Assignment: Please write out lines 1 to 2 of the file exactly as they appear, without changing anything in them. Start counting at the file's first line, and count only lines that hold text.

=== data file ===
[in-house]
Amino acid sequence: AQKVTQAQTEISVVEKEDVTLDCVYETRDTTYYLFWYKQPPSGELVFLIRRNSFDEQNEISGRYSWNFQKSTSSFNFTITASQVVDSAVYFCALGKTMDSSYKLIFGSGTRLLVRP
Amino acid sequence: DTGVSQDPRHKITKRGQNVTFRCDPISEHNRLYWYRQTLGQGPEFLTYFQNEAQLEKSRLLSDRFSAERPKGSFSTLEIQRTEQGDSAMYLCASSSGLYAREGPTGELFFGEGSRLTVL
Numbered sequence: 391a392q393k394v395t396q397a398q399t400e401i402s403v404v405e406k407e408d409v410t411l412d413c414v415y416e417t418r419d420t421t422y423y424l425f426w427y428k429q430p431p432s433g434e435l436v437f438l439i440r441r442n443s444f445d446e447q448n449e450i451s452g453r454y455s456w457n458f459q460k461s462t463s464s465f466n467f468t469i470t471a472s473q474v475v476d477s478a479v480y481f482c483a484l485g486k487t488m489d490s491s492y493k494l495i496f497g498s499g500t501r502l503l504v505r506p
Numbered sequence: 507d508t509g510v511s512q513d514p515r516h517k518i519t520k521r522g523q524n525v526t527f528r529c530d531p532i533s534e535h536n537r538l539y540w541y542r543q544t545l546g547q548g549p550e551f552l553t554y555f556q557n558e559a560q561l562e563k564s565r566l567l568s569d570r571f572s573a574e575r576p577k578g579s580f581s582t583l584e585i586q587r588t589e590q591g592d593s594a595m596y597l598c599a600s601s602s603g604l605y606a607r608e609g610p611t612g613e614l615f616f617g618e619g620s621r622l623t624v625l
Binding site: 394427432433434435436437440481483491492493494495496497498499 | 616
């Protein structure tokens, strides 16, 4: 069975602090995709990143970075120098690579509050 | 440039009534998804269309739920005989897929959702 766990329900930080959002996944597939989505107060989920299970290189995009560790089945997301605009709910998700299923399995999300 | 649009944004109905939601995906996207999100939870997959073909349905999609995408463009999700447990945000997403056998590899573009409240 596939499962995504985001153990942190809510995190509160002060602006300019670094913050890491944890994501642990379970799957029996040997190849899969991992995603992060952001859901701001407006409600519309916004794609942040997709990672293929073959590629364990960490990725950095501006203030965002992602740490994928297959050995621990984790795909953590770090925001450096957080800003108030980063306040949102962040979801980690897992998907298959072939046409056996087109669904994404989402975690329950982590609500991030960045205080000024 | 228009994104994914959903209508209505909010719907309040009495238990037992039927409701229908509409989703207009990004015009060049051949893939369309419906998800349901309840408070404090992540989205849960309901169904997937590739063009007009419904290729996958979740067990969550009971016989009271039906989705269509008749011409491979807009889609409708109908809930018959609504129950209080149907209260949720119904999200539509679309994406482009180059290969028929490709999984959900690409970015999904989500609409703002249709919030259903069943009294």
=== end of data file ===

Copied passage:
[in-house]
Amino acid sequence: AQKVTQAQTEISVVEKEDVTLDCVYETRDTTYYLFWYKQPPSGELVFLIRRNSFDEQNEISGRYSWNFQKSTSSFNFTITASQVVDSAVYFCALGKTMDSSYKLIFGSGTRLLVRP